Visiting unique terroirs, meeting passionate (and therefore fascinating) artisans, and tasting the finest local products – both in terms of food and drink…
And it was on one of these trips that we got to travel Japan from north to south. For any visitor, the Land of the Rising Sun is an extraordinary destination. Juggling ancient tradition and futuristic modernity, the country creates a culture shock that is difficult to overcome. In just a few days, our itinerary took us to visit six Japanese distilleries.
Taketsuru’s legacy is everywhere to be seen, and his presence becomes particularly tangible when visiting the house he lived in with his Scottish wife. The furniture and décor, alternating between oriental and western references, create an authentic reflection of the couple. In the living room, visitors can sit in the master’s chair and get a sense of how important Rita was to him. When looking around the room, our attention is drawn to her piano, her paintings, and English books signed with her husband’s nickname, «Massan»… In the kitchen, there is even a huge jar filled with the umeboshi (pickled plums) made by Rita’s own hand! In this small house where time has stood still, the couple’s spirit lives on, filling the atmosphere with profound tenderness.
Yoichi stills are heated with a naked flame.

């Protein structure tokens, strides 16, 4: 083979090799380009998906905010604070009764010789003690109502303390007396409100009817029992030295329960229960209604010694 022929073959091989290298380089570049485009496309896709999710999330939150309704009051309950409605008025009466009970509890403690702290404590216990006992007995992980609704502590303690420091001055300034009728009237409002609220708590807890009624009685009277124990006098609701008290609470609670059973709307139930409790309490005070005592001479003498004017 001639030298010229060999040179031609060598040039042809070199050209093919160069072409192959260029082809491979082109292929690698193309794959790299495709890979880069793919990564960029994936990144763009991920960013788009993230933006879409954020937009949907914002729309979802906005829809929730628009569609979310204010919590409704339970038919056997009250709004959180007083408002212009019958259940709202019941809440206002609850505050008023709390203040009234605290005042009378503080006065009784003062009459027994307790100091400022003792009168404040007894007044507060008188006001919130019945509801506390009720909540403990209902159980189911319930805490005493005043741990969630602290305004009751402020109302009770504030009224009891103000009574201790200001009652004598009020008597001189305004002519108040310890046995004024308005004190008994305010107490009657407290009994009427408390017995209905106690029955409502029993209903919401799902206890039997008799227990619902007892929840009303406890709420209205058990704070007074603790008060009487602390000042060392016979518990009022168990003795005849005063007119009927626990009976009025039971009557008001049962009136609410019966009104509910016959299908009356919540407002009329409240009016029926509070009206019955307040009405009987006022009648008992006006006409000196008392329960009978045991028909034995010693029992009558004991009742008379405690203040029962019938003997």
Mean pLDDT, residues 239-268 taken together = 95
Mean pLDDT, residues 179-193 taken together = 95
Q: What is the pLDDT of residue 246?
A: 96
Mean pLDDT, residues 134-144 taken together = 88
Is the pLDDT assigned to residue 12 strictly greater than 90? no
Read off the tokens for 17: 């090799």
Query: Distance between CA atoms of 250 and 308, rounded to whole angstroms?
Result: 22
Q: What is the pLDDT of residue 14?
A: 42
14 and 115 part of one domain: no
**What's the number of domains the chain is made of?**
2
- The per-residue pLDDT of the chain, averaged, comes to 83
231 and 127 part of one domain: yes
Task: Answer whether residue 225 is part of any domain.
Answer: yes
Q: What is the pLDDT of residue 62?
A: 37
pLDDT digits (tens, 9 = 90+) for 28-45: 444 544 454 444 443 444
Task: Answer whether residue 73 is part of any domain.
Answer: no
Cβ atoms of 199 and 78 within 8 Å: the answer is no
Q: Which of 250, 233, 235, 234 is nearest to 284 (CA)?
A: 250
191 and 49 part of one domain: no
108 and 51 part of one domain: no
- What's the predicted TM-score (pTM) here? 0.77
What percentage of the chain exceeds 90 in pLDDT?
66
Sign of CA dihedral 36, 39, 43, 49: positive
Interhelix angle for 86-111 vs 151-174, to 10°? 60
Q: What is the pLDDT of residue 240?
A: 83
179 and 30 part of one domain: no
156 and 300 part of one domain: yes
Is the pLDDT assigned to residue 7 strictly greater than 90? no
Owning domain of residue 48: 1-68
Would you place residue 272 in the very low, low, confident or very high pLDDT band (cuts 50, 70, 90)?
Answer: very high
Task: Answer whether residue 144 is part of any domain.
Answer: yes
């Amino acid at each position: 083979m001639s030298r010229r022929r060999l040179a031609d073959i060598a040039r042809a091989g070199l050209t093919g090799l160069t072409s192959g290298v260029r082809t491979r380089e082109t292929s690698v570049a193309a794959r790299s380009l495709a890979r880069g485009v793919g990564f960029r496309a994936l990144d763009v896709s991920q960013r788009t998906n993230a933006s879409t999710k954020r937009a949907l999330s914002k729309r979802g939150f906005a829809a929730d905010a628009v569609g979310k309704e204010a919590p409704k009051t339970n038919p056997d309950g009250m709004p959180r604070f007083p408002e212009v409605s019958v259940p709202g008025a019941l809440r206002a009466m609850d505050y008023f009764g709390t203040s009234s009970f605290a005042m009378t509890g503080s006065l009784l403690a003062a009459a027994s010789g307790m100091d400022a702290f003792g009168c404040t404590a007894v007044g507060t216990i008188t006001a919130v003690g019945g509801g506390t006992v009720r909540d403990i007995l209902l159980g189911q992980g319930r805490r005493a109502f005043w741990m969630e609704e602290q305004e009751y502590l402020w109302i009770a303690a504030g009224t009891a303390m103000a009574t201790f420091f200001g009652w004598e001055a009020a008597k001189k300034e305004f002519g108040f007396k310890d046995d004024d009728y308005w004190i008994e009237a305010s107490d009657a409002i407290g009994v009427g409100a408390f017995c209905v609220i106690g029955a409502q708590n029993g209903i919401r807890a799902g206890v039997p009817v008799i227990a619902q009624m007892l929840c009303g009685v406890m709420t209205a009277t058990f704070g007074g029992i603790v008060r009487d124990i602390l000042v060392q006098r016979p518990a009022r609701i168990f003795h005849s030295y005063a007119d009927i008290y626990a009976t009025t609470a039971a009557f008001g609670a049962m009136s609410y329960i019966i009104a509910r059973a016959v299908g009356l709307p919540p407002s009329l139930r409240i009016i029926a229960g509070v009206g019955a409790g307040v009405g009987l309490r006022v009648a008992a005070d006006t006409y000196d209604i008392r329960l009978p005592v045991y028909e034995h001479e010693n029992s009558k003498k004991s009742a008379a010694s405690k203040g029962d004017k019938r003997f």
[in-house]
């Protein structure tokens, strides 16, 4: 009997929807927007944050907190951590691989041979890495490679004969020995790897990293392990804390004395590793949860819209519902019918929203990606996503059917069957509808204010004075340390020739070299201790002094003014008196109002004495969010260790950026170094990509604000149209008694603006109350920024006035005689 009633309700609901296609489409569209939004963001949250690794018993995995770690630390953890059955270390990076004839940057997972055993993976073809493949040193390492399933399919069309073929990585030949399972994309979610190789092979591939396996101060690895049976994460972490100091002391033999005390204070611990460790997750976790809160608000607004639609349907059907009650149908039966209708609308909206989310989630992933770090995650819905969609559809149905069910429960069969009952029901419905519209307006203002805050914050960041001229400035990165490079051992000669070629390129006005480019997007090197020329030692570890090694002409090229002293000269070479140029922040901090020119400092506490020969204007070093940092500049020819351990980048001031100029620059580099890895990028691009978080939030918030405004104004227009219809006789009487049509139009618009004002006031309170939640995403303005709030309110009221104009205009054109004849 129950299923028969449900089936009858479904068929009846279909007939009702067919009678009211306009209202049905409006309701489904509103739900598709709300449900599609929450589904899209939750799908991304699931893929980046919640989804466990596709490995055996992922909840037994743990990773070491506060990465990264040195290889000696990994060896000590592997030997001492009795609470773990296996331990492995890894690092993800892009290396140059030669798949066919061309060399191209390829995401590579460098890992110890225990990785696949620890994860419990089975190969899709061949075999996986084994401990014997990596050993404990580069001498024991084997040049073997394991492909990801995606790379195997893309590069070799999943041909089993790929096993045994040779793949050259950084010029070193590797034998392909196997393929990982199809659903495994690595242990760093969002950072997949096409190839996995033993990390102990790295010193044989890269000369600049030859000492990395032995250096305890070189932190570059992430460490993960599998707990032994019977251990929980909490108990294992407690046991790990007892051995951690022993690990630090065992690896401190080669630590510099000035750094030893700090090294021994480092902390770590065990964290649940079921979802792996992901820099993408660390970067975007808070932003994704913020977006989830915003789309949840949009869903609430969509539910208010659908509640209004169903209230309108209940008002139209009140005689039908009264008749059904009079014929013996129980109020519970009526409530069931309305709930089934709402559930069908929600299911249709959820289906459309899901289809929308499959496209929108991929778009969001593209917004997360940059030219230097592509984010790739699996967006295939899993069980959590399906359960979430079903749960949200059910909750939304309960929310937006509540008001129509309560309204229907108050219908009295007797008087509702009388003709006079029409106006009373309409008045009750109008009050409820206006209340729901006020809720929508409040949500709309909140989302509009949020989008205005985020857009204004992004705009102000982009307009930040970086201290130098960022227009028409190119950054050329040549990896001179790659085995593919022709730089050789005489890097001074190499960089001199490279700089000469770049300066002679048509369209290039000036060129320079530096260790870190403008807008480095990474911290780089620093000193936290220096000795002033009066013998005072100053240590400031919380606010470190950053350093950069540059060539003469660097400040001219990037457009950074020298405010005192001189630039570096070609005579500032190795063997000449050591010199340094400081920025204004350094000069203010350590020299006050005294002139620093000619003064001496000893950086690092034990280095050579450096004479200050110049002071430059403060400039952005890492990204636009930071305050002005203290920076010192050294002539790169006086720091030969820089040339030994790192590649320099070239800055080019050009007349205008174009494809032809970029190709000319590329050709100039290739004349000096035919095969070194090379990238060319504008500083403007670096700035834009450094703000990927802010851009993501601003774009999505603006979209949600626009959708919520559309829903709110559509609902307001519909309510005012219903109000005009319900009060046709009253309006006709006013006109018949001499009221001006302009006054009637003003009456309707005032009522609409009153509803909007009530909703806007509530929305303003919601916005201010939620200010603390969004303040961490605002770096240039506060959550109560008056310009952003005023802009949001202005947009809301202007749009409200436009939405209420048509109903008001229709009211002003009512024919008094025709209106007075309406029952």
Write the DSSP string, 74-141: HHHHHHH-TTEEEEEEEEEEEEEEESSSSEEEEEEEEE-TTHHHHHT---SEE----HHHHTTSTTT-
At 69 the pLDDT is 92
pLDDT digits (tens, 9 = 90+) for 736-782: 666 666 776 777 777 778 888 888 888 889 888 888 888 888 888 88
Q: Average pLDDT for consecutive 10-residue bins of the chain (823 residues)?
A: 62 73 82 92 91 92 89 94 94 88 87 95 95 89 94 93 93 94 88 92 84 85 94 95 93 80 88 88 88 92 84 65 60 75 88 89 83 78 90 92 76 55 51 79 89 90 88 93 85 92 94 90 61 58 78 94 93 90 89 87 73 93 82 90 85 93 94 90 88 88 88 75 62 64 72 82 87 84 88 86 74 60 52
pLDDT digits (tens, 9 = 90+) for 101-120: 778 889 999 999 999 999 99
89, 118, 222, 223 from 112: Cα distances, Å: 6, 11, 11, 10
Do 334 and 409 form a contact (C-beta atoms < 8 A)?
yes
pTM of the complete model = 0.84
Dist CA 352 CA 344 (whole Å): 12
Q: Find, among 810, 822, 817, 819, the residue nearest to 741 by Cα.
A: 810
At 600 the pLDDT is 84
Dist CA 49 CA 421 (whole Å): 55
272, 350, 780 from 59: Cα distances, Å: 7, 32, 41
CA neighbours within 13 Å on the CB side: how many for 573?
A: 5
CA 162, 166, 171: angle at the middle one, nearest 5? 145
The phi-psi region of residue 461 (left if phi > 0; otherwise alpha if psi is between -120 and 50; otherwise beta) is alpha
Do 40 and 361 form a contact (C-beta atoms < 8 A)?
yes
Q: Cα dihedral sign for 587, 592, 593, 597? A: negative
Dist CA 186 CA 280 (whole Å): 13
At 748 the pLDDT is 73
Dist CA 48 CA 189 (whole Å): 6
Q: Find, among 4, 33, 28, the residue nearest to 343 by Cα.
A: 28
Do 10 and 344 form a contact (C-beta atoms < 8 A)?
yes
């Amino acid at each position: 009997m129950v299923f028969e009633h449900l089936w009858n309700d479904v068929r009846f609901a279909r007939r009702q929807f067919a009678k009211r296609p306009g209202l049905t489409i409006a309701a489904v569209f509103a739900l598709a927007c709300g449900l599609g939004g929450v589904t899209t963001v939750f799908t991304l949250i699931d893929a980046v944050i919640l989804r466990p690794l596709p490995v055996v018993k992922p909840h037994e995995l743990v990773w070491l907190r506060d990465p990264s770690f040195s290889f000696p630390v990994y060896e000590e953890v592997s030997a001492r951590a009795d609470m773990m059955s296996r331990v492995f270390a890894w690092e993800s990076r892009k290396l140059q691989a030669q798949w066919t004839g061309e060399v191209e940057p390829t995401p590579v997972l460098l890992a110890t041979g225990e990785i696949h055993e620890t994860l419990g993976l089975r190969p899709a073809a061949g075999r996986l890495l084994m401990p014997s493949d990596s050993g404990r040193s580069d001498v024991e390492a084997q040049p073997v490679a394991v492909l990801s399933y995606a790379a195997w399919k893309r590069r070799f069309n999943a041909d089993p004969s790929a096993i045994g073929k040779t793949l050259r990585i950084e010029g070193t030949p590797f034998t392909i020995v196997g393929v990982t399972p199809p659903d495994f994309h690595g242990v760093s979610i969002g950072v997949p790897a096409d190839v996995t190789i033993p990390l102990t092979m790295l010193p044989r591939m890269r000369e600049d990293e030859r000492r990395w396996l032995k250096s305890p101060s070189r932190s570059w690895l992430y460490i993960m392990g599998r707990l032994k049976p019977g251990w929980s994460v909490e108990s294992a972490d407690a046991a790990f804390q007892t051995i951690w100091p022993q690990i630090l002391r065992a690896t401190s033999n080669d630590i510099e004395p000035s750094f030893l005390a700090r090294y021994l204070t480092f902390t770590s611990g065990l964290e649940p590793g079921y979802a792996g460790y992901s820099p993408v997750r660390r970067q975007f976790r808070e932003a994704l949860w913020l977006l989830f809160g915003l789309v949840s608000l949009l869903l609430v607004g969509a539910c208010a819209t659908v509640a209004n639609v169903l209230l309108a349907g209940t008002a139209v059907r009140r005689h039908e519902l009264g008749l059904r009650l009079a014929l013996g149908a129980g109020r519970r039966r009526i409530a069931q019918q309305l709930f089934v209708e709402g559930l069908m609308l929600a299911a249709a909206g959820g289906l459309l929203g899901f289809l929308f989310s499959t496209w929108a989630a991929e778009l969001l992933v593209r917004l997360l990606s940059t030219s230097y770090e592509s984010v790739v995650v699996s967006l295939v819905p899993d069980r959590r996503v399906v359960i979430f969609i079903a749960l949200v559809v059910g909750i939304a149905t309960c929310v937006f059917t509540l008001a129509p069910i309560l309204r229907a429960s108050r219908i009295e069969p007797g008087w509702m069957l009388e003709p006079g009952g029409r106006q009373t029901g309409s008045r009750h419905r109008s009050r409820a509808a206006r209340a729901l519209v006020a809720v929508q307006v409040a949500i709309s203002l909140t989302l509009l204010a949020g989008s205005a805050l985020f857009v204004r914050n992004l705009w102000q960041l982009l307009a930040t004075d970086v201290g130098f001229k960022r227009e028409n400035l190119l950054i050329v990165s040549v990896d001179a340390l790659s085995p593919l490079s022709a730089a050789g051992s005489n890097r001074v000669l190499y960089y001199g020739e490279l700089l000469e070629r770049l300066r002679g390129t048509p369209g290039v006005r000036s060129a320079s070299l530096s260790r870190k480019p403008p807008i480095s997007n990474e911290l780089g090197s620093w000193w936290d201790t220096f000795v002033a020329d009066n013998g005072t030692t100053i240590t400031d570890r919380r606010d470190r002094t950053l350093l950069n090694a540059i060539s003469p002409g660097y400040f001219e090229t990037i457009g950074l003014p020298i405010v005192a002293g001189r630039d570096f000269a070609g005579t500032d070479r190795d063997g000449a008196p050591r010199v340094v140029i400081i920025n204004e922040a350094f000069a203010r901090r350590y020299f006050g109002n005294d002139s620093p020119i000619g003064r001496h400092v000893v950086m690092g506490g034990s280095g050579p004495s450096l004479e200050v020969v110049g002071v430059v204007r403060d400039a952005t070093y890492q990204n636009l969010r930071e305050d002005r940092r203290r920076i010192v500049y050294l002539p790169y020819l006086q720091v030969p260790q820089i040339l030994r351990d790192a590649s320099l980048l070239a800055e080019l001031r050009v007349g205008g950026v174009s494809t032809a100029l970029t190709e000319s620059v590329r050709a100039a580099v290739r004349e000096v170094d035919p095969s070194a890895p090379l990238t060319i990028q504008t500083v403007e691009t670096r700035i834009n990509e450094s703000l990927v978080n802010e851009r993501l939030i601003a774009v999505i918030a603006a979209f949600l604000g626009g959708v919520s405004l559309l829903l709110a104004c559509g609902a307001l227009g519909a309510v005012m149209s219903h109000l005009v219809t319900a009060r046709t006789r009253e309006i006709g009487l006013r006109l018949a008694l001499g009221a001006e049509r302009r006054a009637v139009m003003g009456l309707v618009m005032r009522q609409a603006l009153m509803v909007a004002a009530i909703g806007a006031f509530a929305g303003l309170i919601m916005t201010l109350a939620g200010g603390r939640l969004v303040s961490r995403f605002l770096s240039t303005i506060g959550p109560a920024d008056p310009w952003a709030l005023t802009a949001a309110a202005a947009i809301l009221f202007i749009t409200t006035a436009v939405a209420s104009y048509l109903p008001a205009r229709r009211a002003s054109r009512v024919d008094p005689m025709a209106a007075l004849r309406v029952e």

Mistake Taketsuru’s figure statur in Yoichi.
“Armed with a pipette and measuring cups, we give free rein to our palates to create the perfect blend.”
Swans welcome us on a small lake in the centre of the distillery as we discover the brand new visitor centre. At Miyagikyo, nature appears to have reclaimed the land. And it was also for the natural environment that Taketsuru chose the site, in particular for the purity of the water from the Nikkawa river. Surprisingly, the name is pure coincidence, and «kawa» simply means «river» in Japanese. We pass in front of a nameless building which is home to the distillery’s two famous Coffey stills. Imported to Japan in the 1960s, they were originally used at another site, in Nishinomiya, before being installed in Miyagikyo in 1999. From the outside, you would never guess that all of Nikka’s grain whiskies – the base for all of their blends – are produced under this one roof! The single malts are distilled in another building a little further way, where its large copper pot stills are housed. Unlike Yoichi, everything is designed to produce a delicate and fruity eau-de-vie. These imposing steam-heated stills encourage extraction of the lightest compounds. This produces a completely different style of spirit from Yoichi. When he was the master blender, Taketsuru decided to produce two completely contrasting single malts so that he could create the most complex blends possible.
Miyagikyo pot stills
Japanese Single Malt – 46%, 70cl
Limited Edition of 2934 bottles
Japanese Single Malt – 46%, 70cl
Limited Edition of 3132 bottles
Japanese Single Malt – 46%, 70cl
Limited Edition of 1926 bottles
From the outside, the cream coloured corrugated iron walls give this building built in 1985 an industrial feel. Only the two stills presiding over the entrance remind us of its pioneering past. The copper on these large stills has been blackened over years of loyal service, as we can read on the plaque which states, «1960 – 2014». Initially designed for the Yamanashi distillery (Mars’ second historic distillery, which closed in 1969), then moved to Shinshu, they are based on sketches from a certain Masataka Taketsuru… This is one of the Hombo group’s proudest claims, that Taketsuru’s first employer was none other than Kiichiro Iwai, founder of Mars Whisky.